FILE - This 1997 file photo shows one of five waterfalls on Havasu Creek as its waters tumble 210 feet on the Havasupai Tribe's reservation in a southeastern branch of the Grand Canyon near Supai, Ariz. Reservations open up next month for tourists eager to snag a camping spot at the bottom of the Grand Canyon where blue-green waterfalls appear like oases in the desert. (AP Photo/Bob Daugherty, File)

Tribal land known for waterfalls won't allow tour guides

January 26, 2019 - 9:13 am

FLAGSTAFF, Ariz. (AP) — Reservations open soon for tourists eager to snag a camping spot in an Arizona gorge known for its blue-green waterfalls.

None of the spots will be available to tour guides.

The Havasupai (hav-uh-SU'-peye) Tribe decided against issuing licenses to outfitters this year. That means anyone who wants to visit the tribe's land must bring their own food and gear.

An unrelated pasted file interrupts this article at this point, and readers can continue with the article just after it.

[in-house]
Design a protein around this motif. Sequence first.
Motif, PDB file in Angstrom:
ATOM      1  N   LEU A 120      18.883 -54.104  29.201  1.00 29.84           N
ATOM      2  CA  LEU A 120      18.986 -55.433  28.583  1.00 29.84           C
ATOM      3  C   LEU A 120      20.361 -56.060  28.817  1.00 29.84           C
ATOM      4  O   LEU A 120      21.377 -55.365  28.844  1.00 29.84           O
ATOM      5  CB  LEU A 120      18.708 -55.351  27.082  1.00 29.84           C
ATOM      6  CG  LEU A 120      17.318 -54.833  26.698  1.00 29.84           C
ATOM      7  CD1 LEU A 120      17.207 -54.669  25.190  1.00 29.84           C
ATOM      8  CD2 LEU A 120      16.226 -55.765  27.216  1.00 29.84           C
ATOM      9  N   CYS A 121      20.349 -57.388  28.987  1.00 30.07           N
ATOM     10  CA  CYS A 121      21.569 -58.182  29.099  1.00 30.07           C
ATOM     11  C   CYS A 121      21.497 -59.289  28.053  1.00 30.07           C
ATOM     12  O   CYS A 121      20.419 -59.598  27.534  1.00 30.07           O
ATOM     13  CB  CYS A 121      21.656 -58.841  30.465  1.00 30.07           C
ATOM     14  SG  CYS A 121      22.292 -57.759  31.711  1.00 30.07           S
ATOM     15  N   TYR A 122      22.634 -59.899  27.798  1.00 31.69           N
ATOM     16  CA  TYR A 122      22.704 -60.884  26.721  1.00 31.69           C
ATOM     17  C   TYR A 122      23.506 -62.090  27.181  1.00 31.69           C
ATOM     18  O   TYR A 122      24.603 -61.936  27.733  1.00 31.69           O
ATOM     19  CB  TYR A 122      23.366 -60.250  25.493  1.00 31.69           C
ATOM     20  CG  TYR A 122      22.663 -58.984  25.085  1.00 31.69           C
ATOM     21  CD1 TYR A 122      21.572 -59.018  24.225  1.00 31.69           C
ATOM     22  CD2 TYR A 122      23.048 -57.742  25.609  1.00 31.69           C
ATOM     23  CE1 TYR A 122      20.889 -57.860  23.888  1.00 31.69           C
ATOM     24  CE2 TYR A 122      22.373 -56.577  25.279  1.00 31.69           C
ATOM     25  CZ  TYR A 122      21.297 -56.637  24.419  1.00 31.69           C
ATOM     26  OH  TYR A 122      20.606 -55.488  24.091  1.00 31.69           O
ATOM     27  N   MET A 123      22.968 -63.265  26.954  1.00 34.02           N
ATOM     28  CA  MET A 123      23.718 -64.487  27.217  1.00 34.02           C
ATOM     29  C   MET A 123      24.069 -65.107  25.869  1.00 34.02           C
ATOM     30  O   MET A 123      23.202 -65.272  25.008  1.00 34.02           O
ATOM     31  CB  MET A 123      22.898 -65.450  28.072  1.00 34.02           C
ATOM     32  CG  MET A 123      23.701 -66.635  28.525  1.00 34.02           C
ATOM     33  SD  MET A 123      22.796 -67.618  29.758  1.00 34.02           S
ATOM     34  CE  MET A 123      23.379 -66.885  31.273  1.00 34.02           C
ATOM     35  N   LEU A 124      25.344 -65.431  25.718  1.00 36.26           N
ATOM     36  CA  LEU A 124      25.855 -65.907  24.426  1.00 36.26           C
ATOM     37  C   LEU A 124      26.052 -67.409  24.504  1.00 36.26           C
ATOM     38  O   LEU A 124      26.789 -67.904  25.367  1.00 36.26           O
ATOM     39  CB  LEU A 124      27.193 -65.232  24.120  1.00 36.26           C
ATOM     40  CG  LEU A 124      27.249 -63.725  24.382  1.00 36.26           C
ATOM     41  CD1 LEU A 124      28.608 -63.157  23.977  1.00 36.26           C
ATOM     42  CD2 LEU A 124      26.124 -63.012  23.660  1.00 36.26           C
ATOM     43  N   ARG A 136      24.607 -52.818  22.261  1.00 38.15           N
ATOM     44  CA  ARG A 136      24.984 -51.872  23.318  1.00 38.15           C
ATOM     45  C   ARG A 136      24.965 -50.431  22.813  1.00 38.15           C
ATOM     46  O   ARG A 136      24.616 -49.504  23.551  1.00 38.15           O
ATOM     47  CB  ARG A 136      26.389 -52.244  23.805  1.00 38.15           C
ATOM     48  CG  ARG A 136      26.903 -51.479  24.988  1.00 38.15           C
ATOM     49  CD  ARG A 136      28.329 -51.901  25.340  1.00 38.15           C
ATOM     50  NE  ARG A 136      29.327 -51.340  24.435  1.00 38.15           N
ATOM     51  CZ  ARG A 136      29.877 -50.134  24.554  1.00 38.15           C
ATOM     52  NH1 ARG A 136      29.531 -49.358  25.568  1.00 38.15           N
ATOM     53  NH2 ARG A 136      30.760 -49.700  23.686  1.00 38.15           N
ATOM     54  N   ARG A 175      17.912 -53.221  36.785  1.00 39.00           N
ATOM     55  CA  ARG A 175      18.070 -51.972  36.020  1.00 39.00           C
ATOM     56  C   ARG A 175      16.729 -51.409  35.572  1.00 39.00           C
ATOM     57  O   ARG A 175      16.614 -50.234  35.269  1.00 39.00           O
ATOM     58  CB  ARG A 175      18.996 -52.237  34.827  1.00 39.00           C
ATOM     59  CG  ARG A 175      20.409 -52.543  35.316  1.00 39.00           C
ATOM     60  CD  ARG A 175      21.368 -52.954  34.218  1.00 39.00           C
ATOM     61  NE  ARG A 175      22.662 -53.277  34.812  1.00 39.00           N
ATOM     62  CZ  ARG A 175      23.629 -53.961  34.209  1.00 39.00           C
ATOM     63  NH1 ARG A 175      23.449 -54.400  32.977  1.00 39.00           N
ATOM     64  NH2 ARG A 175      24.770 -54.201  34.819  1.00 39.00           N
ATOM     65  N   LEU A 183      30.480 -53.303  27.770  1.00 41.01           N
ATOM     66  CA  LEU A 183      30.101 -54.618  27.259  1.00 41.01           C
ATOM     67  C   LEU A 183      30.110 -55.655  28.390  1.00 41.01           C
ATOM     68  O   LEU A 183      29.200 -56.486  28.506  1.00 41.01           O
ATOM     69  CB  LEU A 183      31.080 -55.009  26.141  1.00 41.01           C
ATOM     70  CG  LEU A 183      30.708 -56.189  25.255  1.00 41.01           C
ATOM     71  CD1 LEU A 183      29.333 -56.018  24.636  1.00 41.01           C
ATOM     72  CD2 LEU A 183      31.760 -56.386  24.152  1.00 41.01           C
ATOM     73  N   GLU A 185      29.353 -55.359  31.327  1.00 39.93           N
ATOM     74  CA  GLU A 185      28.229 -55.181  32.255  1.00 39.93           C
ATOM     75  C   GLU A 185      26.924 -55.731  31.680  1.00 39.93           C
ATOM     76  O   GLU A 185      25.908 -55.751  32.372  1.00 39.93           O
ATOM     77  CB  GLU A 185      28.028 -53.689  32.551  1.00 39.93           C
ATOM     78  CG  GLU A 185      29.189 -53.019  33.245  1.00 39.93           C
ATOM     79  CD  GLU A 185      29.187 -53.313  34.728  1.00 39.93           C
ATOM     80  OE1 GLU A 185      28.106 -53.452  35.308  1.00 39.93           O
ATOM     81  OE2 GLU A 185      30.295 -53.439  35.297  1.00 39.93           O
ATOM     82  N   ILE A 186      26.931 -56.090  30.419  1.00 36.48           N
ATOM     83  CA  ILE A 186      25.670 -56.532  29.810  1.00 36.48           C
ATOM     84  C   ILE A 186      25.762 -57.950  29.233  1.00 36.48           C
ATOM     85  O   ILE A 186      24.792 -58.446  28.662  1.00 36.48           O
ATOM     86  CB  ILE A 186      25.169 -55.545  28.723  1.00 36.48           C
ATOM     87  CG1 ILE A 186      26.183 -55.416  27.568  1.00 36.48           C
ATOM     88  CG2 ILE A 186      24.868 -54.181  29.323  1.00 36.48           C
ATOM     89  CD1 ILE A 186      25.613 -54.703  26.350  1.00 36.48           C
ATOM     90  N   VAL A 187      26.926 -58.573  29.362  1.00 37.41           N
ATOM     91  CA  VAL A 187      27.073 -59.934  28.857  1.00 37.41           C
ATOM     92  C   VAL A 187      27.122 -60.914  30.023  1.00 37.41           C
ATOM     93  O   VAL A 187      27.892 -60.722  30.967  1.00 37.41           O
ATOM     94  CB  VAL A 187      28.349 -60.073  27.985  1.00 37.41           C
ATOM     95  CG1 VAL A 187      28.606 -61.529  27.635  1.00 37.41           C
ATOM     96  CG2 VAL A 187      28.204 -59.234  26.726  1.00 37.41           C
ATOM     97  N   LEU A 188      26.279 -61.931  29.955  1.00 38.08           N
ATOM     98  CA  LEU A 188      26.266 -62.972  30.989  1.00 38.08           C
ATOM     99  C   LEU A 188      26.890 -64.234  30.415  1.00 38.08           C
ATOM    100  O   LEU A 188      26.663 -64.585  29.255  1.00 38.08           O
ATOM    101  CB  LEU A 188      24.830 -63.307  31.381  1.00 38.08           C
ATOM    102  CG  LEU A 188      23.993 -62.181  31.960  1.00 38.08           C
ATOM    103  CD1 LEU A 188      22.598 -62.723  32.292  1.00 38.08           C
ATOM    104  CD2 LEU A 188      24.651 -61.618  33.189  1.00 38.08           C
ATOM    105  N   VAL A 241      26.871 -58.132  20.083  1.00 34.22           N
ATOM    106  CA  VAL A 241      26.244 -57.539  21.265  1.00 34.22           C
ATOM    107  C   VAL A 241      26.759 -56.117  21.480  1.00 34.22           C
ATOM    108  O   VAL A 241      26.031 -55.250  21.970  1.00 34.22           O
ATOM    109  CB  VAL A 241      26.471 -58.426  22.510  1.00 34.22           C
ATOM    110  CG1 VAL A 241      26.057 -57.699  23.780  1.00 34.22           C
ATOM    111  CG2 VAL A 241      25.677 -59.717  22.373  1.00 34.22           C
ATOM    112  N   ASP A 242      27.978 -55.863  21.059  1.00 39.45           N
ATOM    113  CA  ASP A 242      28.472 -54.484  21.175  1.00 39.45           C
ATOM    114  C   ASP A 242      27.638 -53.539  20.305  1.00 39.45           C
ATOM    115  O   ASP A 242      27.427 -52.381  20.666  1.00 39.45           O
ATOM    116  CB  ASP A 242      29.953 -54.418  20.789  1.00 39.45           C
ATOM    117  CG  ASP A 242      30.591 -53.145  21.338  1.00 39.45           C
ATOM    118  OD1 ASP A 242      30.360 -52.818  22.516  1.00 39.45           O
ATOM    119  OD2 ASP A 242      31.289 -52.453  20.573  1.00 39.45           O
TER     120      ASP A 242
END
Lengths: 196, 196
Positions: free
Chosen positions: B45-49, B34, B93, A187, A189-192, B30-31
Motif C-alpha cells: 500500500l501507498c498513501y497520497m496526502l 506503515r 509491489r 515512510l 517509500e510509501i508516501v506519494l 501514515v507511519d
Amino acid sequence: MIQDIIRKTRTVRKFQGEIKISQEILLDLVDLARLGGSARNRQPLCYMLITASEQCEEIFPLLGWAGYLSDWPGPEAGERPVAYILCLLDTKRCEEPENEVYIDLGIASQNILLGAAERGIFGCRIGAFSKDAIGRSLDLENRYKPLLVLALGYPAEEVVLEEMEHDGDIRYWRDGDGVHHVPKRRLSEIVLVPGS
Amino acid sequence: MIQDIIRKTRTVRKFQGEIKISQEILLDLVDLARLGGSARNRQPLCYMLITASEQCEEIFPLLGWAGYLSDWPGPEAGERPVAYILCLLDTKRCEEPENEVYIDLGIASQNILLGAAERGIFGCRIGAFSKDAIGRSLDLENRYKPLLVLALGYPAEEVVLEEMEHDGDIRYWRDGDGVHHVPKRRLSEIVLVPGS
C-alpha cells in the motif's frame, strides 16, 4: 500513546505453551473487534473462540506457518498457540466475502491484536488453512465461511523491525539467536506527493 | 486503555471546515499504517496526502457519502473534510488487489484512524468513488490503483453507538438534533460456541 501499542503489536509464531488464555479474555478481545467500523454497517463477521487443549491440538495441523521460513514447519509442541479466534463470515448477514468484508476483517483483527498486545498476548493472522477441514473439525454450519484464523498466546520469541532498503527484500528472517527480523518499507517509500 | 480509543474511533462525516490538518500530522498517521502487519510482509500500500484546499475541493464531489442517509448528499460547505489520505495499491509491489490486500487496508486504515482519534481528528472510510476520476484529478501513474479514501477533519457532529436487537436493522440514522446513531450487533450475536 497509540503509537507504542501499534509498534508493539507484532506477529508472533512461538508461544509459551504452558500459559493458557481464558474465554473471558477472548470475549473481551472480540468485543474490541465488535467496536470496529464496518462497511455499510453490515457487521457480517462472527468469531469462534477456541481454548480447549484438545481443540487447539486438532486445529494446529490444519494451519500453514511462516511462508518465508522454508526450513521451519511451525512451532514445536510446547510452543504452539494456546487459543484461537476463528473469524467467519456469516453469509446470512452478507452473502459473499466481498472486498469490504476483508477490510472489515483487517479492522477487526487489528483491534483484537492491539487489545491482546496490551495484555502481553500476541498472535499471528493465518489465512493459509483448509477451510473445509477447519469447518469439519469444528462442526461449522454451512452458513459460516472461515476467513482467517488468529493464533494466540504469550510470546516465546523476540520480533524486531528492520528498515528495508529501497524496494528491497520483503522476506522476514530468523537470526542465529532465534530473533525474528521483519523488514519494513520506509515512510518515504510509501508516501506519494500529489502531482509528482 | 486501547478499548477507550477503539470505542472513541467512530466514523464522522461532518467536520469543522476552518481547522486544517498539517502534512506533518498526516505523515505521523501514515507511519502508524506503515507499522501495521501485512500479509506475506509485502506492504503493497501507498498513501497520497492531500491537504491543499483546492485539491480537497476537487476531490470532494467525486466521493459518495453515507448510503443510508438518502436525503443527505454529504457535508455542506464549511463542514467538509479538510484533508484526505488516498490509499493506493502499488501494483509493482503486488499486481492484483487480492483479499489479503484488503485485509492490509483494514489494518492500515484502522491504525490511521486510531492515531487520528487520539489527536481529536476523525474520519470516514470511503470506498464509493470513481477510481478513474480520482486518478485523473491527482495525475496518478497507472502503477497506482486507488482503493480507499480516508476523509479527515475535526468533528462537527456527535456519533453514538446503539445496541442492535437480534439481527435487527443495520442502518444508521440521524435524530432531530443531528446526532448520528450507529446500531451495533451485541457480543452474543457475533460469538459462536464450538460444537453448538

Tribal spokeswoman Abbie Fink says the decision wasn't prompted by anything in particular. She says the tribe wants to handle all tourist traffic.

The remote reservation deep in a gorge outside Grand Canyon National Park has become increasingly popular because of social media.

Spots at the campground sell out within minutes of opening up Feb. 1.

Booking through a tour company had been another option for years.

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